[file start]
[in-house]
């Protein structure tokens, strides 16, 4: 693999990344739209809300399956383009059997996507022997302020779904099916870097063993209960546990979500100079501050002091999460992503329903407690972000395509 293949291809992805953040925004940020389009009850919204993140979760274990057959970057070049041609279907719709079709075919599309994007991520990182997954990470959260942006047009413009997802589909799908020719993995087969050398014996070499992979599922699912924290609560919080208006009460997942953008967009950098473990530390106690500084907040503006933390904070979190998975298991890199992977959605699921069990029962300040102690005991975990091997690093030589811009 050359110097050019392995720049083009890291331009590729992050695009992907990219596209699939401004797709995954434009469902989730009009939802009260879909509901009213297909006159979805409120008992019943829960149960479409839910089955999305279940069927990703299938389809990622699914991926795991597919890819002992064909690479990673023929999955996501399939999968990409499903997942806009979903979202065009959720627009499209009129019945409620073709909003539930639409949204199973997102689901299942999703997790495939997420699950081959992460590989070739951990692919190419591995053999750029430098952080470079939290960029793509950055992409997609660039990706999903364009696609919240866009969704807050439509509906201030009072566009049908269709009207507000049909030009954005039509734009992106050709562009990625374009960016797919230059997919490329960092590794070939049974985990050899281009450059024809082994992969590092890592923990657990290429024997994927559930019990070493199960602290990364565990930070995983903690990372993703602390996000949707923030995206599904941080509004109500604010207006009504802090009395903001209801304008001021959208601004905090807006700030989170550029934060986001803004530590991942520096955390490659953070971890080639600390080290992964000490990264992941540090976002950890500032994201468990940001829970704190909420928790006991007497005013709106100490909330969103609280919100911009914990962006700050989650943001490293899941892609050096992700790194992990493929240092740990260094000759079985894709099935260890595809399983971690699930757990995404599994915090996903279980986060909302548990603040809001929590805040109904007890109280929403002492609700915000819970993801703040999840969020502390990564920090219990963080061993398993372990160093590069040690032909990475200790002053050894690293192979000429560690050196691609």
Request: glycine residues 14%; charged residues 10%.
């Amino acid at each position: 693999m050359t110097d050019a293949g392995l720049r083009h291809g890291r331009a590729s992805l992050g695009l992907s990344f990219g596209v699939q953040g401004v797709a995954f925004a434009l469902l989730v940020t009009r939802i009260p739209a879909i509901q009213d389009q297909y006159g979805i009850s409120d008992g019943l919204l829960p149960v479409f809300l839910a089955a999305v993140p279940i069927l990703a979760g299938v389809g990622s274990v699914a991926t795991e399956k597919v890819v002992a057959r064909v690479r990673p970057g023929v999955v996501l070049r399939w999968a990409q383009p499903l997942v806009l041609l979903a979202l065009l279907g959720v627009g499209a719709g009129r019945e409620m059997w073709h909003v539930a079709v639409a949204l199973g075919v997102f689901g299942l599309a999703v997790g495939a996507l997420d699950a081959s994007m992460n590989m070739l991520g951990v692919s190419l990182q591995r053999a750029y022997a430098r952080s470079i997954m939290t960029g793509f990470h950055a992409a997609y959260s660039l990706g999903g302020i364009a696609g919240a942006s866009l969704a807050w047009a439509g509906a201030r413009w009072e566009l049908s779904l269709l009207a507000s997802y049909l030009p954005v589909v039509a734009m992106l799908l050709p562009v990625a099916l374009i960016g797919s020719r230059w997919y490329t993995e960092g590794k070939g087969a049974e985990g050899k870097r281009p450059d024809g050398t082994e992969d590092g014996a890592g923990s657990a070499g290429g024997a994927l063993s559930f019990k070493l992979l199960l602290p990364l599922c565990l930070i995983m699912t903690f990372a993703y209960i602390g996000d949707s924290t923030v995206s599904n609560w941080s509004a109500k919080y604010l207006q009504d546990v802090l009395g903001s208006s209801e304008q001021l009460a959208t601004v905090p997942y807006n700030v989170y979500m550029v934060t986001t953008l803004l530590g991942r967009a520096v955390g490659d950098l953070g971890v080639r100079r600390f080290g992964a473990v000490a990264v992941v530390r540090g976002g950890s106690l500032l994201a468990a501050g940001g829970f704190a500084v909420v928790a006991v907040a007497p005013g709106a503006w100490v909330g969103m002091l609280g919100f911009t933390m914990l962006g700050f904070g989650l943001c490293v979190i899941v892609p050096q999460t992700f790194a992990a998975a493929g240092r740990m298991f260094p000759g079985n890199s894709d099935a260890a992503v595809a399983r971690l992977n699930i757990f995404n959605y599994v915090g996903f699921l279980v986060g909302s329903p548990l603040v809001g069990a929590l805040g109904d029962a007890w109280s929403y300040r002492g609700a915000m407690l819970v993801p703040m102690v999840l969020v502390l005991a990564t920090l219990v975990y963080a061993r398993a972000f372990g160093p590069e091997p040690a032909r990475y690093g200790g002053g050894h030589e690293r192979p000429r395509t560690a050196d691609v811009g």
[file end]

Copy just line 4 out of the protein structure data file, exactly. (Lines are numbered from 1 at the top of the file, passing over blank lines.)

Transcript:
């Amino acid at each position: 693999m050359t110097d050019a293949g392995l720049r083009h291809g890291r331009a590729s992805l992050g695009l992907s990344f990219g596209v699939q953040g401004v797709a995954f925004a434009l469902l989730v940020t009009r939802i009260p739209a879909i509901q009213d389009q297909y006159g979805i009850s409120d008992g019943l919204l829960p149960v479409f809300l839910a089955a999305v993140p279940i069927l990703a979760g299938v389809g990622s274990v699914a991926t795991e399956k597919v890819v002992a057959r064909v690479r990673p970057g023929v999955v996501l070049r399939w999968a990409q383009p499903l997942v806009l041609l979903a979202l065009l279907g959720v627009g499209a719709g009129r019945e409620m059997w073709h909003v539930a079709v639409a949204l199973g075919v997102f689901g299942l599309a999703v997790g495939a996507l997420d699950a081959s994007m992460n590989m070739l991520g951990v692919s190419l990182q591995r053999a750029y022997a430098r952080s470079i997954m939290t960029g793509f990470h950055a992409a997609y959260s660039l990706g999903g302020i364009a696609g919240a942006s866009l969704a807050w047009a439509g509906a201030r413009w009072e566009l049908s779904l269709l009207a507000s997802y049909l030009p954005v589909v039509a734009m992106l799908l050709p562009v990625a099916l374009i960016g797919s020719r230059w997919y490329t993995e960092g590794k070939g087969a049974e985990g050899k870097r281009p450059d024809g050398t082994e992969d590092g014996a890592g923990s657990a070499g290429g024997a994927l063993s559930f019990k070493l992979l199960l602290p990364l599922c565990l930070i995983m699912t903690f990372a993703y209960i602390g996000d949707s924290t923030v995206s599904n609560w941080s509004a109500k919080y604010l207006q009504d546990v802090l009395g903001s208006s209801e304008q001021l009460a959208t601004v905090p997942y807006n700030v989170y979500m550029v934060t986001t953008l803004l530590g991942r967009a520096v955390g490659d950098l953070g971890v080639r100079r600390f080290g992964a473990v000490a990264v992941v530390r540090g976002g950890s106690l500032l994201a468990a501050g940001g829970f704190a500084v909420v928790a006991v907040a007497p005013g709106a503006w100490v909330g969103m002091l609280g919100f911009t933390m914990l962006g700050f904070g989650l943001c490293v979190i899941v892609p050096q999460t992700f790194a992990a998975a493929g240092r740990m298991f260094p000759g079985n890199s894709d099935a260890a992503v595809a399983r971690l992977n699930i757990f995404n959605y599994v915090g996903f699921l279980v986060g909302s329903p548990l603040v809001g069990a929590l805040g109904d029962a007890w109280s929403y300040r002492g609700a915000m407690l819970v993801p703040m102690v999840l969020v502390l005991a990564t920090l219990v975990y963080a061993r398993a972000f372990g160093p590069e091997p040690a032909r990475y690093g200790g002053g050894h030589e690293r192979p000429r395509t560690a050196d691609v811009g």